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41st Annual Professional Recognition Awards and Scholarship Banquet

April 27, 2019, 6 PM cocktails, 7 PM dinner

at Genesee Grande, 1060 East Genesee St, Syracuse

 Follow syrpressclub on Twitter

Our Rundown

Poynter

Robert R. Haggart

The Post-Standard

Herald-Journal

Herald American

“This is my valentine to Brenda Marie McCabe Haggart. Unfortunately, this valentine will not look or taste as good as those hearts that grade school teachers in Kansas helped me cut out and paste on big pieces of red paper. I can still taste the paste. It tasted almost as good as a peanut-butter sandwich. Writing this public confession of joy may seem a little arrogant on my part, Brenda, since I didn't ask you if I could do it. But you owe me one. My voice is gone.”
That’s how Robert R. Haggart began his column, published Feb. 14, 1997 in The Post-Standard. Haggart was a patient at Crouse Hospital at the time, courageously trying to beat back cancer in his bone marrow. For nearly a decade, Haggart gave hope to cancer victims and their families from across America by writing about his own battle. In 1989, Haggart was named the best columnist in New York by The Associated Press for his series of columns on his illness.

His Valentine column — which he ended with the words “Bob loves Brenda forever” — was his final piece. Haggart died 11 days later, on Feb. 25, 1997.

As a columnist, Haggart was a free-swinging advocate for the little guy, a bearded Harley-driving figure who needled politicians and bureaucrats like no other modern Syracuse journalist. He wrote about the forgotten, alcoholic men at Unity Acres, about married couples forced by government regulations to live in separate nursing homes, about ill people seeking miracles in a Yugoslavian village.

Nicknames that Haggart gave to local politicians — like Landslide Hennessy, for then DA Richard Hennessy, or Donuts Bernardi, for then Mayor Roy Bernardi — became part of the public lexicon.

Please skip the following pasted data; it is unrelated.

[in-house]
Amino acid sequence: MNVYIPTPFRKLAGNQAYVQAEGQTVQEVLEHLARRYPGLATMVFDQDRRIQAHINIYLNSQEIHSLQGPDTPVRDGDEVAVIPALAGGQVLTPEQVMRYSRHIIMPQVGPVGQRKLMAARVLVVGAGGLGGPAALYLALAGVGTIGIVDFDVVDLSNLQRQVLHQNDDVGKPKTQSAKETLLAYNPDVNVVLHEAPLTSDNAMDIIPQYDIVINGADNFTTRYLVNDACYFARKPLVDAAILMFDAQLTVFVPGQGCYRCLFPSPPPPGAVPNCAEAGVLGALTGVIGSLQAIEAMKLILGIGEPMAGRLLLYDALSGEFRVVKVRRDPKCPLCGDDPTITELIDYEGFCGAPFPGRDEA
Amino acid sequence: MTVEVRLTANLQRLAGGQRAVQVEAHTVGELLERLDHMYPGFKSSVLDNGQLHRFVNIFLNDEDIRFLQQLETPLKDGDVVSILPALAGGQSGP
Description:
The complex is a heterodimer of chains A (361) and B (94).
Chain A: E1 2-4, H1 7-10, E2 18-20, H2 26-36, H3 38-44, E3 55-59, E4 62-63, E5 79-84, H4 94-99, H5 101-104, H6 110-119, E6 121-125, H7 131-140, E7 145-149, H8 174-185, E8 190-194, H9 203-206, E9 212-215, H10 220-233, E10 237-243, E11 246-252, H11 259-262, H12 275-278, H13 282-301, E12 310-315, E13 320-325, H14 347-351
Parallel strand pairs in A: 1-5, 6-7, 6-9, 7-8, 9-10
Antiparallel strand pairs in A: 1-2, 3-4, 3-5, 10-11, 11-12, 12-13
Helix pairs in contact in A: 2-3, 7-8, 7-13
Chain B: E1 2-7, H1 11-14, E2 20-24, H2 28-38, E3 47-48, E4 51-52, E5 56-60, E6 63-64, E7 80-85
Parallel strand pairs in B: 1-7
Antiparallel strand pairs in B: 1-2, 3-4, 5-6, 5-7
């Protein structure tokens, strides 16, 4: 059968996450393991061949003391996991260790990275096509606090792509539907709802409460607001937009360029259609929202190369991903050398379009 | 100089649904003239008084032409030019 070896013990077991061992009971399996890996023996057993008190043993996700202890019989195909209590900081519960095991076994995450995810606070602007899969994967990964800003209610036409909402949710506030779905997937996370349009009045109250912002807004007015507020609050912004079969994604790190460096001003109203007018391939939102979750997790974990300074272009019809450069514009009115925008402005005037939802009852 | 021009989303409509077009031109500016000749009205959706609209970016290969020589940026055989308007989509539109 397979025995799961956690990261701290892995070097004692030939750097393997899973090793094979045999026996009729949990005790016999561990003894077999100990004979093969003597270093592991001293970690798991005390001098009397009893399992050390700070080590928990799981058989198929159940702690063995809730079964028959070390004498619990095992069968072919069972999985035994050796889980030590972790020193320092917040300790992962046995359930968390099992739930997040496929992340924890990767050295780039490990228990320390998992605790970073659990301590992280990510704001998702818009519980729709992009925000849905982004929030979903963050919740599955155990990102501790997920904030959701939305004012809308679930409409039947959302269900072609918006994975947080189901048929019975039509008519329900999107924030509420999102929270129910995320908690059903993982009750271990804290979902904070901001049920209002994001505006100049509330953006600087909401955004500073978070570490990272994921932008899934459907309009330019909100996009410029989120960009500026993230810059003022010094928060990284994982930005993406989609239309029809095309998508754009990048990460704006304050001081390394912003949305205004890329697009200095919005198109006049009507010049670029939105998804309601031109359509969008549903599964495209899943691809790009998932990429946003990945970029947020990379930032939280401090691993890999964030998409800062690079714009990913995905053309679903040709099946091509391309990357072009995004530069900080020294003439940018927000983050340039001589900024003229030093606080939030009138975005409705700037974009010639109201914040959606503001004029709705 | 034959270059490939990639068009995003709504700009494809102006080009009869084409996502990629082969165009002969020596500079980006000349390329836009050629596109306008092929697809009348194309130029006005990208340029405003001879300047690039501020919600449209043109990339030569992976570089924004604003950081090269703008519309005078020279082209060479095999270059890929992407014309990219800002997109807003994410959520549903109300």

Haggart worked for The Syracuse Newspapers for 39 years. He started with The Post-Standard on Sept. 13, 1958 as a copy boy and moved to the Ogdensburg Bureau office as a staff correspondent on June 24, 1959. He returned to the City Desk staff on Sept. 11 of that same year. In 1965, he transferred to the Herald-Journal before moving back to The Post-Standard, where he became Metro Editor on Oct. 28, 1977. Later, he was in charge of the newspapers' photography department and library.

He was The Post-Standard’s columnist during his final 15 years — a job that was fitting for the paper’s most colorful writer.

“This is a great job! On a 6 p.m. deadline you can goof off until 5:59 p.m., but God help you if there isn't something in an editor's hand one minute later,” he wrote.

After he was diagnosed with cancer, Haggart’s columns exposed a sensitive side that touched readers.

Dick MacPherson, former football coach for Syracuse University and the New England Patriots, found Haggart's determination in his fight against cancer so inspiring that he introduced him to the Patriots football players and held him up as a man of courage. Haggart's visit with the team helped spur them to victory over a then-unbeaten opponent, according to MacPherson.

Several hundred mourners attended his funeral service at St. Lucy's Church. In addition to his wife, Brenda, Haggart was survived by his daughters, Mallory, Sarah, and Rebecca.
 
 "Don’t be deluded into believing that the titular heads of the networks control what appears on their networks. They all have better taste."
--Edward R. Murrow

Wall of Distinction


Tim Atseff

Herald-Journal

Herald American

The Post-Standard

Tim Atseff has had only one employer in 40 years. He started at the Herald-Journal as a copy boy in 1965.
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